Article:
That case determines this one. If the knowing disregard of the single bond trustee charged with a duty to protect investors does not trigger liability for damages under the securities law, then the same should be true of the numerous equipment vendors with no fiduciary duties at all. After Central Bank, Congress specifically authorized the SEC to bring enforcement actions against aiders and abettors, but it did not change the Central Bank result barring private actions. Clever pleading about “scheme liability” should not, and will not, upend the prohibition on private suits against aiders and abettors given that Congress has refused to overturn the result in Central Bank.
Yet, normatively speaking, why should secondary violators be escape private damage suits brought like those brought against primary wrongdoers? One way to end the discrepancy is to deny all private damage actions against primary offenders, which is not as farfetched as it sounds.
The key vice of these private suits is to overdeter wrongful conduct. For example, the class that sued Charter let all unfortunate buyers at inflated prices recover for their market losses. But it does not require the lucky sellers of overpriced stock to disgorge the fortuitous profits from selling overpriced stock. The net damage recovery from this temporary imbalance in the markets far exceeds the social losses from the underlying chicanery. Across the board, harsh penalties for nondisclosure now induce firms to remain silent lest they incurring huge liabilities for modest misstatements. Administrative remedies can be better calibrated to the severity of the underlying wrong.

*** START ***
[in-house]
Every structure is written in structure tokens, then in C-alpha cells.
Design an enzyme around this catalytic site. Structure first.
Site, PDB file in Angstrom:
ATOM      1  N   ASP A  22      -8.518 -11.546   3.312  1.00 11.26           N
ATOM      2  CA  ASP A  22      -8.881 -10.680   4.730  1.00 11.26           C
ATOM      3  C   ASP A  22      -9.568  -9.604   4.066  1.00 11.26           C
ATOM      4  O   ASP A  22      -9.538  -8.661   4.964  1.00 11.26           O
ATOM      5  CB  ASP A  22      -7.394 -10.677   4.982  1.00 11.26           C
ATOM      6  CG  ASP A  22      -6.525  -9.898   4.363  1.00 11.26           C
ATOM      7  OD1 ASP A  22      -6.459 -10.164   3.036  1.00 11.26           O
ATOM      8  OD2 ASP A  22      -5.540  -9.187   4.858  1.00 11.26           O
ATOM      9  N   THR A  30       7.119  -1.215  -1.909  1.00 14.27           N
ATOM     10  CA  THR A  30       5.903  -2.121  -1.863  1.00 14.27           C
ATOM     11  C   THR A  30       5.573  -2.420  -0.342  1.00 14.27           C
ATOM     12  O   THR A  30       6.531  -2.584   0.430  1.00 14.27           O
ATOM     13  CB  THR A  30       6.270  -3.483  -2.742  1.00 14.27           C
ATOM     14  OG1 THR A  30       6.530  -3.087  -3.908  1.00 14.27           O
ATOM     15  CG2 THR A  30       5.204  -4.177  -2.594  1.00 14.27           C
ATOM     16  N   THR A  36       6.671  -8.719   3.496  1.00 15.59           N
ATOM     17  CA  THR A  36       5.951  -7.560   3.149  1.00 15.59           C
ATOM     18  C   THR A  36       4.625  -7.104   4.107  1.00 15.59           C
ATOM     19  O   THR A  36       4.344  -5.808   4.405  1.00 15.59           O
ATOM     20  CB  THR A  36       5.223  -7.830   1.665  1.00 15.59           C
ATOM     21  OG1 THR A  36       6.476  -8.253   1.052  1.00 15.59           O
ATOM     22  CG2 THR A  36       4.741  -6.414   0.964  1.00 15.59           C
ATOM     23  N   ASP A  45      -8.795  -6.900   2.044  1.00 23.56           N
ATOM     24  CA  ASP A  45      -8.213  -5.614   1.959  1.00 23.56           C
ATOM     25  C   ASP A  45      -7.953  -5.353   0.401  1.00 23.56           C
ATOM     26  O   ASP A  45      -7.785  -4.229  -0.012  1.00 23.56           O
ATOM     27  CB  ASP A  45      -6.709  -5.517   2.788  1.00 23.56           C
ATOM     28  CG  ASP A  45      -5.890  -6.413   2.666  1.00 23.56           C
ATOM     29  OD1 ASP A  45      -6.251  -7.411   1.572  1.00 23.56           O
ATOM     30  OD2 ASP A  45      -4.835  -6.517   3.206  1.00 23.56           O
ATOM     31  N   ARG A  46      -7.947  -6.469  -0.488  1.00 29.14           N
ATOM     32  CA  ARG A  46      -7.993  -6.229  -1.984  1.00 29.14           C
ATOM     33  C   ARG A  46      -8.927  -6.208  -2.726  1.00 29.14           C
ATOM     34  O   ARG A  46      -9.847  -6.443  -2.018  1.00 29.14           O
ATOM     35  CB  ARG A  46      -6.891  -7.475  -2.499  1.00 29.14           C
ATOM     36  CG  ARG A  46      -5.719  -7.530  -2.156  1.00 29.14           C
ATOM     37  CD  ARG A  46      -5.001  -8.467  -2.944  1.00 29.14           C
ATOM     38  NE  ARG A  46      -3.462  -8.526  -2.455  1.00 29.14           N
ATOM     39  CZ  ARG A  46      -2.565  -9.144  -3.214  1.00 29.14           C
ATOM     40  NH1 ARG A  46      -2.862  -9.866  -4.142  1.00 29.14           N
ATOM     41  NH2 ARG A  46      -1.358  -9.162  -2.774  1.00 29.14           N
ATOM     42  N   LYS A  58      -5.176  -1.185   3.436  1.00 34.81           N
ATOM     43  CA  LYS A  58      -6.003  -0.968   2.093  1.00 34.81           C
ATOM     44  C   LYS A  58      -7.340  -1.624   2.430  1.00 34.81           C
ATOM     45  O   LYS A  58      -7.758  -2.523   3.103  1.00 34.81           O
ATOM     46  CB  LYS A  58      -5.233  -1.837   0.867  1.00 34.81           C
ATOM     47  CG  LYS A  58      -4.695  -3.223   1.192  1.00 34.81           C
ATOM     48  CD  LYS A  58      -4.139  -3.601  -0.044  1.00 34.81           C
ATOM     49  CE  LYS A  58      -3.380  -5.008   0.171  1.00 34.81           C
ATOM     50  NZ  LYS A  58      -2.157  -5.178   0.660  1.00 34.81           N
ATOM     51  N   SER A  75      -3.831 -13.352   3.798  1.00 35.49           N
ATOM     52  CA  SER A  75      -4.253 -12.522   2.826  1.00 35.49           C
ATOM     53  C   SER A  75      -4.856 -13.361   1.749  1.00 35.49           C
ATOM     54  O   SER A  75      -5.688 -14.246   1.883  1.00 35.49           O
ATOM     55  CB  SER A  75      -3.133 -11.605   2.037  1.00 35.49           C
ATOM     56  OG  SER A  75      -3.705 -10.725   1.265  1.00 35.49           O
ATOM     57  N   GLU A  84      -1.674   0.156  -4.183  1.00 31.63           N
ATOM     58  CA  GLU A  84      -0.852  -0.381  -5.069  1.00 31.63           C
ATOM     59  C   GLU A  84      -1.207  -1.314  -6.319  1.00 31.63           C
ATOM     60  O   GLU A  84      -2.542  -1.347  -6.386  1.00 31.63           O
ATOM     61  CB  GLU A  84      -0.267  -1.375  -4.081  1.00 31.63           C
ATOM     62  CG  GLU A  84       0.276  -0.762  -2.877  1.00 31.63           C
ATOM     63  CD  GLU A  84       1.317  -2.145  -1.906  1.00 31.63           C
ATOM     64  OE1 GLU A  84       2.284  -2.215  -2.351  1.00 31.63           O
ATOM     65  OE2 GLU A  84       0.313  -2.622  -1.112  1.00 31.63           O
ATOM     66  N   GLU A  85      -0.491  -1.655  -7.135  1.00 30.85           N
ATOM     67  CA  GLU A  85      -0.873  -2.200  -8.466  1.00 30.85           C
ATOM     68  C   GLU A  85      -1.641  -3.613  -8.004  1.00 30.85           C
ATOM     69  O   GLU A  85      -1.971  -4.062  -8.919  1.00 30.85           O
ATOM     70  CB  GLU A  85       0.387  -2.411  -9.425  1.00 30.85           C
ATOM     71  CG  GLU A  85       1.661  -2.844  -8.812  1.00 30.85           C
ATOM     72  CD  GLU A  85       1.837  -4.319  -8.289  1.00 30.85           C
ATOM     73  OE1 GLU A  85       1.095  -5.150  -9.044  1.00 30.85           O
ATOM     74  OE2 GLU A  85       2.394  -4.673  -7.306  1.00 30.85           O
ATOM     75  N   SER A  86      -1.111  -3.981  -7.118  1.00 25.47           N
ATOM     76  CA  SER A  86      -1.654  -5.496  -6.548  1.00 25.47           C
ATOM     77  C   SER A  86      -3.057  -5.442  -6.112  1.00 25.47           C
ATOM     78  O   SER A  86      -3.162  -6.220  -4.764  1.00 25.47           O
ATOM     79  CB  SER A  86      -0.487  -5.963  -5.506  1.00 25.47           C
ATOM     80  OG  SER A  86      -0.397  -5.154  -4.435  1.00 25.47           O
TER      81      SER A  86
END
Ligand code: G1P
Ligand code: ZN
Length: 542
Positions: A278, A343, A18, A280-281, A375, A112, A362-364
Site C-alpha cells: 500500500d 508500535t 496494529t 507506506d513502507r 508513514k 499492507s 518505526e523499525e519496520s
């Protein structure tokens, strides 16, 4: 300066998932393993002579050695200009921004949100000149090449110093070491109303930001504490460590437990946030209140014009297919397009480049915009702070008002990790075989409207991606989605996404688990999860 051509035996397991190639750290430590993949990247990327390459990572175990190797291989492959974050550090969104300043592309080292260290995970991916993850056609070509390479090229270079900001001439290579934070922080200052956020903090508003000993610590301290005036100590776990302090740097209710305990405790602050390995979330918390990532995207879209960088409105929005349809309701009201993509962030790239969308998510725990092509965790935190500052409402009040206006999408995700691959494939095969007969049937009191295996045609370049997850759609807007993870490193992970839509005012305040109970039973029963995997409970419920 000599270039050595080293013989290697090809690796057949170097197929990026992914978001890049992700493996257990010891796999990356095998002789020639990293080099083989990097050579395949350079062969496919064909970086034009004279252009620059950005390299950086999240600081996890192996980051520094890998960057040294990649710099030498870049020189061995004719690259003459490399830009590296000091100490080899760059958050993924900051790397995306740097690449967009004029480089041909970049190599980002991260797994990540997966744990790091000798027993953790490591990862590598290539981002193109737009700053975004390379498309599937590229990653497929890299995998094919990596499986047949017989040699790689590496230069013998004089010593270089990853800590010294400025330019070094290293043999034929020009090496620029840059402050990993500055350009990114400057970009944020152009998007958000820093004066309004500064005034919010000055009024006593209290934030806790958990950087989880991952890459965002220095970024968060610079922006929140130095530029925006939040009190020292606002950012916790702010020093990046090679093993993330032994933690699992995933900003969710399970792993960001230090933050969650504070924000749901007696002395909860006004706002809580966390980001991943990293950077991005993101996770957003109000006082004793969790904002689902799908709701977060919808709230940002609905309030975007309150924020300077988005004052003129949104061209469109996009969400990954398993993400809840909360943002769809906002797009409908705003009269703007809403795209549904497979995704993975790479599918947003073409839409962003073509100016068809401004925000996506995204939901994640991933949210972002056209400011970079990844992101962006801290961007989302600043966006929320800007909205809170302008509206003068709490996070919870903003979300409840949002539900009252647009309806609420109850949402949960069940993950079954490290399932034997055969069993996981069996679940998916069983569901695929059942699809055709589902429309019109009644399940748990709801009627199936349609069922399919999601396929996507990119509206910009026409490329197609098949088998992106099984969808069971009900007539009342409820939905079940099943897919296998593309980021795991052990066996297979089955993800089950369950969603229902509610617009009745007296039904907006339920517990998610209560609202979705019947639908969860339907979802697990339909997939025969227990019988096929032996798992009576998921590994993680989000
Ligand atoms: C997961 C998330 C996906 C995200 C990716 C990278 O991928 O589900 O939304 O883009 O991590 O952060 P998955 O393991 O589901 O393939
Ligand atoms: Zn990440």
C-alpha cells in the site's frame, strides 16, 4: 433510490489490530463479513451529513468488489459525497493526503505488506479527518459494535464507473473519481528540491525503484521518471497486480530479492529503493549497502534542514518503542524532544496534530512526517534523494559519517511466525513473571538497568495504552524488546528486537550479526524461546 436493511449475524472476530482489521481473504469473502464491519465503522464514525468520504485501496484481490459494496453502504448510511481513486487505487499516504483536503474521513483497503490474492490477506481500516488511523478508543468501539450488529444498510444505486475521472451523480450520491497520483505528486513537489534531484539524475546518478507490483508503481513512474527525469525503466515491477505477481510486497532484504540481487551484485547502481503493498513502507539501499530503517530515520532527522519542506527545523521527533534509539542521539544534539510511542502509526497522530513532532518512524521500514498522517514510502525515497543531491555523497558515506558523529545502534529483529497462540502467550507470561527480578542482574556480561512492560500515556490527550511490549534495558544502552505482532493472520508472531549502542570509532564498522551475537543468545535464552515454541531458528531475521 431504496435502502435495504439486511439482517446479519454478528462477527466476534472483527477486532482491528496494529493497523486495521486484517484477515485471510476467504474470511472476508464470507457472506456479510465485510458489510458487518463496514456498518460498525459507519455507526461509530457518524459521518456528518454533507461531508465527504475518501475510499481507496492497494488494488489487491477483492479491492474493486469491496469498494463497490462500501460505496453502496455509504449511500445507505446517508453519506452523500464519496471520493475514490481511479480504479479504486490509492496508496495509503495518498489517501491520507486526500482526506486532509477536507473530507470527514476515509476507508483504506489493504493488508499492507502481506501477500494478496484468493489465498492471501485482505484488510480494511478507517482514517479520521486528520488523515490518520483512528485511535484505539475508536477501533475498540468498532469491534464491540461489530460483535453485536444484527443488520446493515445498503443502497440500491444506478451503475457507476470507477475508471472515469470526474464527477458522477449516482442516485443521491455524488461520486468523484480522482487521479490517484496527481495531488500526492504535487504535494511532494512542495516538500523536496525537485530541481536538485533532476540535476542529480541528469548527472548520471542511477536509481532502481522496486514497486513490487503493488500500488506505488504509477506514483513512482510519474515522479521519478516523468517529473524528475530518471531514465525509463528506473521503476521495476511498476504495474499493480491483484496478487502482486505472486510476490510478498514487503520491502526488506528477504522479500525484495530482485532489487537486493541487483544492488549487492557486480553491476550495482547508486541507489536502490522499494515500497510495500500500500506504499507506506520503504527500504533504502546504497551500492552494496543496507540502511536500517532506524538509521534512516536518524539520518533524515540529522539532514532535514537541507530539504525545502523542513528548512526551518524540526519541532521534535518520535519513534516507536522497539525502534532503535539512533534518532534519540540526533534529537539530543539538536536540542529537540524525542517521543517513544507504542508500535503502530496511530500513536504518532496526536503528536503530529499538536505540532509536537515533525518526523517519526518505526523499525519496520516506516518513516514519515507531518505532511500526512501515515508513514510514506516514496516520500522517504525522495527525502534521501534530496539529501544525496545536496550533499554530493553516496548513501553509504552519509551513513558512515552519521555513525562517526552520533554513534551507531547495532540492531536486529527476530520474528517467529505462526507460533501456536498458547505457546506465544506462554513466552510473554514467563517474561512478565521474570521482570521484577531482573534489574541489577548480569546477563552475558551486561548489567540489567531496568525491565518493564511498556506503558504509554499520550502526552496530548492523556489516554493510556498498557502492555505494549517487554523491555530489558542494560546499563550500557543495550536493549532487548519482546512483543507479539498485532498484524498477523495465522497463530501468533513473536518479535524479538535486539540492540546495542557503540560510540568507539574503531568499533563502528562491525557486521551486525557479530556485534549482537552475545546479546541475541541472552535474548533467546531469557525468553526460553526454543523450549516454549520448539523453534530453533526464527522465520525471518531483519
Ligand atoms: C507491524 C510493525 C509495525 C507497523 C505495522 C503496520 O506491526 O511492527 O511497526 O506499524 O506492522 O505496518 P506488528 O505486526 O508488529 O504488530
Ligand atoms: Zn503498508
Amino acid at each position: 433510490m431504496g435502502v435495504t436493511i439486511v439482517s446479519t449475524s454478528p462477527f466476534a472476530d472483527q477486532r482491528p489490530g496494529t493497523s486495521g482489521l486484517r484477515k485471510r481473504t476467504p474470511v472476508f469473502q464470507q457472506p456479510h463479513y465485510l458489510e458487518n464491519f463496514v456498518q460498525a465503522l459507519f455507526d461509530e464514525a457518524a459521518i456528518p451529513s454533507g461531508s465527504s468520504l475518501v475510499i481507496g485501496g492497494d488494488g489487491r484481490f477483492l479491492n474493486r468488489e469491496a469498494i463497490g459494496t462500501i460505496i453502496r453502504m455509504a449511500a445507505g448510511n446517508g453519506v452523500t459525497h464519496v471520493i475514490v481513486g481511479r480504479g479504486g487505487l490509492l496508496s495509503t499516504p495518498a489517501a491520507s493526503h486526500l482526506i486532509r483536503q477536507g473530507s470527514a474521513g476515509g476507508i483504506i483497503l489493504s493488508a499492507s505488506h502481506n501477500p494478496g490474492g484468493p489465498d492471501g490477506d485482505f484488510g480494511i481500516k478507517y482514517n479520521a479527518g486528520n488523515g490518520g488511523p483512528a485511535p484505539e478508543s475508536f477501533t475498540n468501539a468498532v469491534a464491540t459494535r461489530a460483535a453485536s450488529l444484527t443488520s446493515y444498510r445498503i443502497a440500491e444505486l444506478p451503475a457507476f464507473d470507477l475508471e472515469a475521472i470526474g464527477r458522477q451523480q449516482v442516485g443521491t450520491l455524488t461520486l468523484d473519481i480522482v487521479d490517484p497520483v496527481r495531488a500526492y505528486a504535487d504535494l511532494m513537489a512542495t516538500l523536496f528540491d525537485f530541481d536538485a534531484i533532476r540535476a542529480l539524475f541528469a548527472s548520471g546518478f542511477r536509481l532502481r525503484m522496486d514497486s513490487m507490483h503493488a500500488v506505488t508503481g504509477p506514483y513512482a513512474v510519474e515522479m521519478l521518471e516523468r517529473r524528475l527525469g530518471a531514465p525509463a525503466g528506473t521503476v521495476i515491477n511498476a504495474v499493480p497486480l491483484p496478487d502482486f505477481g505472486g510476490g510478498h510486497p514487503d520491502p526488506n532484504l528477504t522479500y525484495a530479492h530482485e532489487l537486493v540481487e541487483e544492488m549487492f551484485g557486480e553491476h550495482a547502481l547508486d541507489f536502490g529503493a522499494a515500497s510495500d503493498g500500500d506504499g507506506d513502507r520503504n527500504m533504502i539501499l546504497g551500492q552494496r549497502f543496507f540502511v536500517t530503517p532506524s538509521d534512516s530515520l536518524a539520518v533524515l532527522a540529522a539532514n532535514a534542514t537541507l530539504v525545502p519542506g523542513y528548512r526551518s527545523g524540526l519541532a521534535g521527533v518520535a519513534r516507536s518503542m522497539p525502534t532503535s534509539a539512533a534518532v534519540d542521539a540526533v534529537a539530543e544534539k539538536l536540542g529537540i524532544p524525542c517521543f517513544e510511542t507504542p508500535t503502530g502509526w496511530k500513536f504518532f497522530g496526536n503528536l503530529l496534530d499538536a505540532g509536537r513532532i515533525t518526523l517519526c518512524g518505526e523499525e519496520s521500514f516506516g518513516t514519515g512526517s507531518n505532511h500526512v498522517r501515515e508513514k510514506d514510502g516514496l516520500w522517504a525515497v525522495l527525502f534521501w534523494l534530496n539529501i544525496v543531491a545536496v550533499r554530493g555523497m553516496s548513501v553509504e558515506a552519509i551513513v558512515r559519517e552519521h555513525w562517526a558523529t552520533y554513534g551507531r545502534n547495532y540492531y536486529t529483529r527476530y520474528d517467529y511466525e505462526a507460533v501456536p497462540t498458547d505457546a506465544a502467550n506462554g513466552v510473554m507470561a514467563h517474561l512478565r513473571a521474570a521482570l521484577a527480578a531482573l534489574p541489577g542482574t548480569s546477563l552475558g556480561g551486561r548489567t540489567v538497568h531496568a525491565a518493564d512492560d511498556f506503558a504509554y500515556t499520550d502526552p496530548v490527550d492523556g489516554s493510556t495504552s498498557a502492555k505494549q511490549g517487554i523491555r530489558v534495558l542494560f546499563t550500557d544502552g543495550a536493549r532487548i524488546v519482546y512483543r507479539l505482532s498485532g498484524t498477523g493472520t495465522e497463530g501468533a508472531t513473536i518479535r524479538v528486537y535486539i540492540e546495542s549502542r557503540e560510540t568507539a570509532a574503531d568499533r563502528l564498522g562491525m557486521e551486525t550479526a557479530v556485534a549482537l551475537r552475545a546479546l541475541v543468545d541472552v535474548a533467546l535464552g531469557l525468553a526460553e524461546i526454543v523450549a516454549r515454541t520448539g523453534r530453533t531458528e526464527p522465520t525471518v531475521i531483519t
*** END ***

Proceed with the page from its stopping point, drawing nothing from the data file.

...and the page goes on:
Even, if a damage suit against primary wrongdoers makes sense, the second round of suits is overkill. Allow this suit against Scientific-Atlanta and Motorola, then no iron barrier protects any vendors from charges of “knowingly” engaging in fraudulent transactions with hundreds of potential buyers who thereafter mischaracterize these deals in their own financial accounting. Just what fraction of the total loss is attributable to their actions as opposed to other financial gimmicks? And should secondary actors be held liable for all losses if it is hard to isolate a distinct fraction for which they are responsible? The current law of joint and several liability suggests that no apportionment will be made unless it can be made.
Imposing crushing litigation burdens on second-tier defendants who receive no direct benefit from the public fraud is a heavy-handed way to improve transparency of securities markets. The expanded liability has two vices. First, it chews up huge social losses in litigation costs that detract key executives from their major jobs. Second, it leads to erroneous findings on liability rates of error whereby some innocent defendants pay large sums while some guilty parties go free. No system that costly and erratic supplies effective deterrence against fraud.
Empirical judgments about optimal deterrence are always subject to spirited dispute. Owing to the underlying disagreements on policy, what matters is the Court’s current attitude toward securities cases. Here its basic approach rests on two premises. First, don’t rely heavily on the expansive tort analogies, but concentrate on a close reading of the statutory language. Second, don’t initiate major changes in the status quo, but leave that job to Congress. Both these guidelines point to keeping secondary liability under tight rein. My prediction is that the Court will follow its own precedents, and leave it to Congress to decide whether it wants to undo the current uneasy status quo.